Listen, anyone that knows me knows I’m a Tom Brady fan. I know, I know 85 percent of people who just heard that statement are rolling there eyes or saying out loud “F*ck Brady, he’s no Manning”. The same people last night celebrated the championship banner dropping for the Golden State Warriors as I said “My Lakers will give them a run this year”. We all have the villains we want to see lose, but here’s why it’s a necessity for sports to stay relevant….
February 4th 2018
103.4 million eyes tune in to watch the evil empire known as the New England Patriots face off against the underdog Philadelphia Eagles. Going into the Super Bowl Philly fans embraced the underdog role and America cheered for them in full force (We Americans have loved the underdog since George Washington was a four battle underdog in 1783). Then we all know what transpired… the damn Philly Special…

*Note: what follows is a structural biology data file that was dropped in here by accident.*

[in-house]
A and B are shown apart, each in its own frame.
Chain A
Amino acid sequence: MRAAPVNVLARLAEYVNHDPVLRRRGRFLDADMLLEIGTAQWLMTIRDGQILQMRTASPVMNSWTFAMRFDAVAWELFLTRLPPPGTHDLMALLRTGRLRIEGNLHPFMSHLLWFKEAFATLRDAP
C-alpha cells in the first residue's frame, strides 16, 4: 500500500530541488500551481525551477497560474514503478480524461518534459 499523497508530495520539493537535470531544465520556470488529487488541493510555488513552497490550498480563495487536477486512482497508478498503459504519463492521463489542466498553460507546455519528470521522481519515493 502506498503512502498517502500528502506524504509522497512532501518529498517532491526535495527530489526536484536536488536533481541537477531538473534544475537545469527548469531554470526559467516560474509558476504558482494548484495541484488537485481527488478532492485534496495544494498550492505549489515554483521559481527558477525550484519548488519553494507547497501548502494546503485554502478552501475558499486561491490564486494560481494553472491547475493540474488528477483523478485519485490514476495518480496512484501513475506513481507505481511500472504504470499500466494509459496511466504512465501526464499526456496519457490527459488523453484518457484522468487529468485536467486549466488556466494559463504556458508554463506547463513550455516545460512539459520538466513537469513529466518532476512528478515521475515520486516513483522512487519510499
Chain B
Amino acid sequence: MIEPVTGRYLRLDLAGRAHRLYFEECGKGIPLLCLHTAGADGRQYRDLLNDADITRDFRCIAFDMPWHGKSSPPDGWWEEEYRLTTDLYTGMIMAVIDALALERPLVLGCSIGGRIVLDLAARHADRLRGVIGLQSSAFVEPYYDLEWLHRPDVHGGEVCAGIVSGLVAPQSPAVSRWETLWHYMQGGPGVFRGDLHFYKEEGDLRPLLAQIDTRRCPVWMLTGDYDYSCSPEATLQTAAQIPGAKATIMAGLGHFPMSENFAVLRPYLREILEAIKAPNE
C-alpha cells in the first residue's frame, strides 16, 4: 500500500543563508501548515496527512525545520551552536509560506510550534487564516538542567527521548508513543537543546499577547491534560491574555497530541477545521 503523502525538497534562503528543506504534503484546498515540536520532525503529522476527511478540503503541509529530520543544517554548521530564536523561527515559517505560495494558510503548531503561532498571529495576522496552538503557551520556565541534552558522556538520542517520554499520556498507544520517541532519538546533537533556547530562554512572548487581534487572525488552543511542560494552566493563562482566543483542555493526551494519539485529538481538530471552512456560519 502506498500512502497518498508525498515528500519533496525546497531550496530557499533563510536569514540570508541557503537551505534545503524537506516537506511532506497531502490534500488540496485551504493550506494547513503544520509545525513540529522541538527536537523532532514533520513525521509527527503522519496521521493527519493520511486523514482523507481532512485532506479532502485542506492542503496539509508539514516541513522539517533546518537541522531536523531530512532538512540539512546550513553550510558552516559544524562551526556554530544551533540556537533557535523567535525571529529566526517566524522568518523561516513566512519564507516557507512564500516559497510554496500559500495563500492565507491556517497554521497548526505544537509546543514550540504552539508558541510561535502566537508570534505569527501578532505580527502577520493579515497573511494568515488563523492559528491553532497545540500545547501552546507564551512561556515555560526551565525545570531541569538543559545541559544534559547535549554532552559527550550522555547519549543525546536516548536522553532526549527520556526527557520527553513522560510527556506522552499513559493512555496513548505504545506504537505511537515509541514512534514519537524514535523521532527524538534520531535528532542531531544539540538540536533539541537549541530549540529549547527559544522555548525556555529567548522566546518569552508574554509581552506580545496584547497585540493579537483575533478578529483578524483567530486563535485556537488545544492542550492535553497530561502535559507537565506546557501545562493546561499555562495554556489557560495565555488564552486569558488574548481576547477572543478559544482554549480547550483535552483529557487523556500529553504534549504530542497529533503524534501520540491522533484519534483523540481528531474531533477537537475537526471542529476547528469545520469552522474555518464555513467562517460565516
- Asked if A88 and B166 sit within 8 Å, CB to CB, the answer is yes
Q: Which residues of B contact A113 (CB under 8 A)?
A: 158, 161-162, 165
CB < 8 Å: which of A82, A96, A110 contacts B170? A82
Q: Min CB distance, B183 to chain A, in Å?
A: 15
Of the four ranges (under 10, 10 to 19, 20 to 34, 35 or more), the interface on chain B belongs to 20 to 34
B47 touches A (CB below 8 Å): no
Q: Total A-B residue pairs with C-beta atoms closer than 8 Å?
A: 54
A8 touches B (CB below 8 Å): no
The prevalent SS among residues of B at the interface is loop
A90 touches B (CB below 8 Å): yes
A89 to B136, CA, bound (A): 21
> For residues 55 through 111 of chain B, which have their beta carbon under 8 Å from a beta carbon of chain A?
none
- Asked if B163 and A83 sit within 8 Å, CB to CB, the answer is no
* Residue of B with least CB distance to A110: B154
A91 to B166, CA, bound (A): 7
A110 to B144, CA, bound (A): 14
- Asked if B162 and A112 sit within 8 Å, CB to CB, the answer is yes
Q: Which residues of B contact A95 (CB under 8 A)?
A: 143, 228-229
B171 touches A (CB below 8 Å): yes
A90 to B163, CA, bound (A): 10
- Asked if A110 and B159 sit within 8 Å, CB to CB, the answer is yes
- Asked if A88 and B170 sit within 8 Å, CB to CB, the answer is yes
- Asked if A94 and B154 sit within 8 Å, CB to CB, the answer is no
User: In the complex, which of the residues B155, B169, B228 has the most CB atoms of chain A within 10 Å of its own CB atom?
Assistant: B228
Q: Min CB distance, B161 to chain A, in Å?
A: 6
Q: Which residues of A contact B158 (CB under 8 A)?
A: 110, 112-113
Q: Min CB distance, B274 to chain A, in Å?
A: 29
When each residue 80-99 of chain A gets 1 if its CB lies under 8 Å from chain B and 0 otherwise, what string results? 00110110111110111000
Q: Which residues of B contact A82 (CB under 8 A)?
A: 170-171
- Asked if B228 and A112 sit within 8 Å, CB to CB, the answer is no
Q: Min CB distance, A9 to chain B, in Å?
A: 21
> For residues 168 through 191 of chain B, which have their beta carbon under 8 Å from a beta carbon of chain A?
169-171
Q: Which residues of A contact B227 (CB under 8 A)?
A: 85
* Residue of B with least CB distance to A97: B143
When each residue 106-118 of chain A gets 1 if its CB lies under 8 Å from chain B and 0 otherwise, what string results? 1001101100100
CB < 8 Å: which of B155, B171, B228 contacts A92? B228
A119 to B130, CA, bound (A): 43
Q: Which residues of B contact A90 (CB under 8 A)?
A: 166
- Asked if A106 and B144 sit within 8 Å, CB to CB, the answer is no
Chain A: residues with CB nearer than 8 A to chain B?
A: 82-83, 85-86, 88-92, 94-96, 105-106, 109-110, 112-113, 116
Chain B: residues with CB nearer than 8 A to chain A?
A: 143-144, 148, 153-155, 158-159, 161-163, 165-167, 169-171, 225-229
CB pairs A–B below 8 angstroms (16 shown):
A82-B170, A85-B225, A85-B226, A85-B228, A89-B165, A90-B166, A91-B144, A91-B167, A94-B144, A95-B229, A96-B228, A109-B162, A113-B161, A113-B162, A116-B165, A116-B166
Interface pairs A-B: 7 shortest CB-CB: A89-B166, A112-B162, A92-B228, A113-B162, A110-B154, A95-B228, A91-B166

breaking the heart of yours truly, but lifting up so many millions as they believed in miracles again. All of a sudden the economy felt better, gas prices were .99 per gallon, unemployment at at all time low! Well at least that was the feeling at that second… for that moment
The good vs evil aspect in sports encases us and brings together people who in other instances would have no reason to see eye to eye. Lebron or Golden State, Tom Brady or Peyton Manning, Alexander Ovechkin or Sidney Crosby, Messi or Ronaldo. It’s this loyalty to a side that keeps the heart of sports alive. We are desperate for an escape from our jobs, bills, kids, life!
Fandom is a lifestyle now. We bet on sports, throw parties for it, countdown to seasons starting even. Log onto Facebook and I promise you’ll see someone so emotional over their teams highs and lows. Households with different loyalties to teams in family pictures representing their teams (I seen this Saturday for Tennessee vs Auburn).
Fandom is one of the worlds great displays of passion.
Fandom, after all, is born of a balance between fascination and frustration: if media content didn’t fascinate us, there would be no desire to engage with it; but if it didn’t frustrate us on some level, there would be no drive to rewrite or remake it.